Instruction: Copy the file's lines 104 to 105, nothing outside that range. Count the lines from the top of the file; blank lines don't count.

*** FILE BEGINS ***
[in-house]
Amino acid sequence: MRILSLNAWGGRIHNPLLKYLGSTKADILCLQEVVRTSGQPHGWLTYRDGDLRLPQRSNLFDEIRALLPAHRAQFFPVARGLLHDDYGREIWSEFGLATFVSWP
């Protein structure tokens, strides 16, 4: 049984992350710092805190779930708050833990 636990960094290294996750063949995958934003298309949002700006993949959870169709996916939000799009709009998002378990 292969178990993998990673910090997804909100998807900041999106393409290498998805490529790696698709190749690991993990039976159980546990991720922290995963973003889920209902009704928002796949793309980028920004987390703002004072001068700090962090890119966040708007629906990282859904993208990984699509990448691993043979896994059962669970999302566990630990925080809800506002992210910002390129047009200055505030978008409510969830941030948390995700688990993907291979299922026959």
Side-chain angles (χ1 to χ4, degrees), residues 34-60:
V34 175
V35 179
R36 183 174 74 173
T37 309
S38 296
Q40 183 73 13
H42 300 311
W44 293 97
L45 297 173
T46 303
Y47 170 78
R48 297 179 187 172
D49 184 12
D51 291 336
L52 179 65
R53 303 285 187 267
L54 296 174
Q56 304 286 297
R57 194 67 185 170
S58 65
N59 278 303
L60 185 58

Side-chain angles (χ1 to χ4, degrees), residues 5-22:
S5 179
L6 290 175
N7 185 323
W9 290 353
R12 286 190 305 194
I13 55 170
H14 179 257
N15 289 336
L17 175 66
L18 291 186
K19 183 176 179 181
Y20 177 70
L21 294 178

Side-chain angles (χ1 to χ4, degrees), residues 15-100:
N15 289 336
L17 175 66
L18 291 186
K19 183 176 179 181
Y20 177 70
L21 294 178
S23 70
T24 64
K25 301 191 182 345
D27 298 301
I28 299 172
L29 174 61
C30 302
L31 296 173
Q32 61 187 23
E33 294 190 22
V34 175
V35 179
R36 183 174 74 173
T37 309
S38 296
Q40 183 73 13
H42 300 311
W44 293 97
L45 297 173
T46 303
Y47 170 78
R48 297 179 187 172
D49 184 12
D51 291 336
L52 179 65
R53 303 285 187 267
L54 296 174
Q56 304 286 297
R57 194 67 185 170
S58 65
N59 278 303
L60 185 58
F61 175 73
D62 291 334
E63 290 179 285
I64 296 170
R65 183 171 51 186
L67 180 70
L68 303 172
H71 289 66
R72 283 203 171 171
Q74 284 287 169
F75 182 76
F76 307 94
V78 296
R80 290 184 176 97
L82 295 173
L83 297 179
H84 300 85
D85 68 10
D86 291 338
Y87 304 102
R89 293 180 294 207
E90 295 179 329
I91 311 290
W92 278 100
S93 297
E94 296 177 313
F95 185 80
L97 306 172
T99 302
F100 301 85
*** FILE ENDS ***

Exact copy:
S93 297
E94 296 177 313